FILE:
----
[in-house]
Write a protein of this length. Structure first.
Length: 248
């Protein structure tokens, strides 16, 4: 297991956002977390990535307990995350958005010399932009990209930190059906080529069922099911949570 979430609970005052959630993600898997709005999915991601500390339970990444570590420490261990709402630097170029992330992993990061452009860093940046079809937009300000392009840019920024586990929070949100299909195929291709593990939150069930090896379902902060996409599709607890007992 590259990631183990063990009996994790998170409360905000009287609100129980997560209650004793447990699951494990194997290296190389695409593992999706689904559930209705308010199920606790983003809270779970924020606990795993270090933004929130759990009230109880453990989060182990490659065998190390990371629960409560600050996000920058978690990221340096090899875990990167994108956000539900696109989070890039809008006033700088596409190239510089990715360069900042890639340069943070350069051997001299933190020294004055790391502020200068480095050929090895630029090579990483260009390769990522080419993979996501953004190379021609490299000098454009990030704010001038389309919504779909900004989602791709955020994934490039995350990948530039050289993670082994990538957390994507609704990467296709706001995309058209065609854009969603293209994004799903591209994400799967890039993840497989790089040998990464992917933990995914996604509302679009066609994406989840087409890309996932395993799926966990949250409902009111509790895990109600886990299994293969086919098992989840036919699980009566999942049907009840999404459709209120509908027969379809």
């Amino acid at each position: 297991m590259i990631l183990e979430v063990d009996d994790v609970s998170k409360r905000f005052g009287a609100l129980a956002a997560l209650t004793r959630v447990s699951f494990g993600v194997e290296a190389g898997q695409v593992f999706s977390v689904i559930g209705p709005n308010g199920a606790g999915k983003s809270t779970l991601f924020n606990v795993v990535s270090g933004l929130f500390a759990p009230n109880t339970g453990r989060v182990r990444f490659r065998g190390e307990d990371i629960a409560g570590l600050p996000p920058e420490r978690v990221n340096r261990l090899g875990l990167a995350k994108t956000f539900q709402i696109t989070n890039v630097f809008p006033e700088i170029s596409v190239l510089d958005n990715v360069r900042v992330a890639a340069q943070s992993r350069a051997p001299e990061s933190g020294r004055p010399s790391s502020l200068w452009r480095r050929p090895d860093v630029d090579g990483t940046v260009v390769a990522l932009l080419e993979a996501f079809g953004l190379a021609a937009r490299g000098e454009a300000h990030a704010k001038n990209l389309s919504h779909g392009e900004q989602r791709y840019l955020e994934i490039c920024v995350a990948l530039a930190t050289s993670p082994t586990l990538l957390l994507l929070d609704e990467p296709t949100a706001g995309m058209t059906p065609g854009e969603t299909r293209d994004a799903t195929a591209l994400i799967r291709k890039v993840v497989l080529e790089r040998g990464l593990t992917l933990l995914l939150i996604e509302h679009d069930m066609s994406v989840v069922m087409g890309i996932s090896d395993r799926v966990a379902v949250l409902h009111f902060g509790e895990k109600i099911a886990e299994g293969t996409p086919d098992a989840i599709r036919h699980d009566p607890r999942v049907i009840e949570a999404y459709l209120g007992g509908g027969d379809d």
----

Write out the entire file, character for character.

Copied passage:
[in-house]
Write a protein of this length. Structure first.
Length: 248
């Protein structure tokens, strides 16, 4: 297991956002977390990535307990995350958005010399932009990209930190059906080529069922099911949570 979430609970005052959630993600898997709005999915991601500390339970990444570590420490261990709402630097170029992330992993990061452009860093940046079809937009300000392009840019920024586990929070949100299909195929291709593990939150069930090896379902902060996409599709607890007992 590259990631183990063990009996994790998170409360905000009287609100129980997560209650004793447990699951494990194997290296190389695409593992999706689904559930209705308010199920606790983003809270779970924020606990795993270090933004929130759990009230109880453990989060182990490659065998190390990371629960409560600050996000920058978690990221340096090899875990990167994108956000539900696109989070890039809008006033700088596409190239510089990715360069900042890639340069943070350069051997001299933190020294004055790391502020200068480095050929090895630029090579990483260009390769990522080419993979996501953004190379021609490299000098454009990030704010001038389309919504779909900004989602791709955020994934490039995350990948530039050289993670082994990538957390994507609704990467296709706001995309058209065609854009969603293209994004799903591209994400799967890039993840497989790089040998990464992917933990995914996604509302679009066609994406989840087409890309996932395993799926966990949250409902009111509790895990109600886990299994293969086919098992989840036919699980009566999942049907009840999404459709209120509908027969379809």
């Amino acid at each position: 297991m590259i990631l183990e979430v063990d009996d994790v609970s998170k409360r905000f005052g009287a609100l129980a956002a997560l209650t004793r959630v447990s699951f494990g993600v194997e290296a190389g898997q695409v593992f999706s977390v689904i559930g209705p709005n308010g199920a606790g999915k983003s809270t779970l991601f924020n606990v795993v990535s270090g933004l929130f500390a759990p009230n109880t339970g453990r989060v182990r990444f490659r065998g190390e307990d990371i629960a409560g570590l600050p996000p920058e420490r978690v990221n340096r261990l090899g875990l990167a995350k994108t956000f539900q709402i696109t989070n890039v630097f809008p006033e700088i170029s596409v190239l510089d958005n990715v360069r900042v992330a890639a340069q943070s992993r350069a051997p001299e990061s933190g020294r004055p010399s790391s502020l200068w452009r480095r050929p090895d860093v630029d090579g990483t940046v260009v390769a990522l932009l080419e993979a996501f079809g953004l190379a021609a937009r490299g000098e454009a300000h990030a704010k001038n990209l389309s919504h779909g392009e900004q989602r791709y840019l955020e994934i490039c920024v995350a990948l530039a930190t050289s993670p082994t586990l990538l957390l994507l929070d609704e990467p296709t949100a706001g995309m058209t059906p065609g854009e969603t299909r293209d994004a799903t195929a591209l994400i799967r291709k890039v993840v497989l080529e790089r040998g990464l593990t992917l933990l995914l939150i996604e509302h679009d069930m066609s994406v989840v069922m087409g890309i996932s090896d395993r799926v966990a379902v949250l409902h009111f902060g509790e895990k109600i099911a886990e299994g293969t996409p086919d098992a989840i599709r036919h699980d009566p607890r999942v049907i009840e949570a999404y459709l209120g007992g509908g027969d379809d």